At my previous workplace, I was one of the fire wardens. I got training, I sat through endless, tedious Health & Safety meetings, and I carried out six-monthly floor inspections. Six months into the role, I realised just how badly the UK deals with fires and safety, which is quite astonishing, given the history of this country with fires, and the oppressive obsession with safety advice littered all over the place.
The training I received comprised an hour-long seminar on how fire works, followed by a practical class on how to put out a fire in a trash bin using one of the many types of fire extinguishers that exist. The meetings nearly always revolved around overly stretched discussion of the previous meeting’s minutes, on who was supposed to act on them, and whether they did so or not. If they did not, great: fodder for the next meeting. When I carried out the inspections, I was given a completely pointless checklist to complete, including gems like “are there flammable materials obstructing the hot air vents?” or “are electrical cables kept to the minimum necessary, and uncluttered?”. The answers to those two were yes and no, and they never changed over the five inspections I carried out.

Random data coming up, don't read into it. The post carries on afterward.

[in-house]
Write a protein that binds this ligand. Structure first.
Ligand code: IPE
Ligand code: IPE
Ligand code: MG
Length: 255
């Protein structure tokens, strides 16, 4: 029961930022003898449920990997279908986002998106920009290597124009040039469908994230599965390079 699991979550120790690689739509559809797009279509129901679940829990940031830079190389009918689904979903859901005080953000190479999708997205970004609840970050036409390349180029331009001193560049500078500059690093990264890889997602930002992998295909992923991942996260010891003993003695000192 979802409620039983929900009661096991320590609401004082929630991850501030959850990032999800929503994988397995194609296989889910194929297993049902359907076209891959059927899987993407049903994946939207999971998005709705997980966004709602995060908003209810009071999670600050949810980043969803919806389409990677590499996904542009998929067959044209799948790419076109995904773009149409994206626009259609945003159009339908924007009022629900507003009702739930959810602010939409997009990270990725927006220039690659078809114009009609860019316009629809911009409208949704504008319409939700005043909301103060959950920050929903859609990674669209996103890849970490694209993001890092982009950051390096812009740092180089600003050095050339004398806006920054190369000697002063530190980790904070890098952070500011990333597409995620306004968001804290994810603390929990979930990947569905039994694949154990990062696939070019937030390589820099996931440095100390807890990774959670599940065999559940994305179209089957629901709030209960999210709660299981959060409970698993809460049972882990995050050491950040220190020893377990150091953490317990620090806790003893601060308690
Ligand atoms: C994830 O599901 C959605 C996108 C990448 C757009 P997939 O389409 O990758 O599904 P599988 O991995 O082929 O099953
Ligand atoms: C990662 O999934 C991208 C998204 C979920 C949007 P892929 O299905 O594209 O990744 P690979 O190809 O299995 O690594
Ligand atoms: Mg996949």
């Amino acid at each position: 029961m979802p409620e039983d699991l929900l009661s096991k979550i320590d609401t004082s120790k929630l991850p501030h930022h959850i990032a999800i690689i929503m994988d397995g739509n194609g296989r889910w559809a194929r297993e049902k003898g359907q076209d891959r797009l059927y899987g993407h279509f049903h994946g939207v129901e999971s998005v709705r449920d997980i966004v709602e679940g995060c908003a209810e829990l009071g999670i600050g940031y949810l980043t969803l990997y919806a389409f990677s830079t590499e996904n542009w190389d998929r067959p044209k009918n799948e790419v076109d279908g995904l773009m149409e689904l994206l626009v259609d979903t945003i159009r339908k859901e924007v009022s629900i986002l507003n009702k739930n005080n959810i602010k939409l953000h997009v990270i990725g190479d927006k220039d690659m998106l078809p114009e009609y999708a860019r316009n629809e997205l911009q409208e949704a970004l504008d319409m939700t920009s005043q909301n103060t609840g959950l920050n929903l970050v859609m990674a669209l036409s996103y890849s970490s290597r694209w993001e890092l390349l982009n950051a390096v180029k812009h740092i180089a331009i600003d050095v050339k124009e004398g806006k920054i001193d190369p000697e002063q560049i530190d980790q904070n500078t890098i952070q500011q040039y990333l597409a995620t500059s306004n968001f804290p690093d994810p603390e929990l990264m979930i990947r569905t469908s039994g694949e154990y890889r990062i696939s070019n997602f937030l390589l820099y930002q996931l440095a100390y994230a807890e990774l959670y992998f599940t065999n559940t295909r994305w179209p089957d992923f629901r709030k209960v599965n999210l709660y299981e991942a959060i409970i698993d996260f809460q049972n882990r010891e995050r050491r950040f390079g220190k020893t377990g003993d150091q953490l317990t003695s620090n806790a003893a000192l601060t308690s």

Ultimately, the whole H&S business in the UK is a byzantine exercise in blaming the next in line in the most convoluted way possible. There is a palpable obsession with regulations that are clearly pointless and devoid of any common sense. This is if you are lucky and you spend all your life in an office, and never at home, because the residential buildings are essentially poorly managed campfires waiting to be set ablaze.
When I discuss these matters with Italians who are far more expert than me in fire safety regulations, they are often bemused, to say the least. All this happens in a country that saw many great fires throughout its history. One should think they learned something along the way.
Clearly they have not.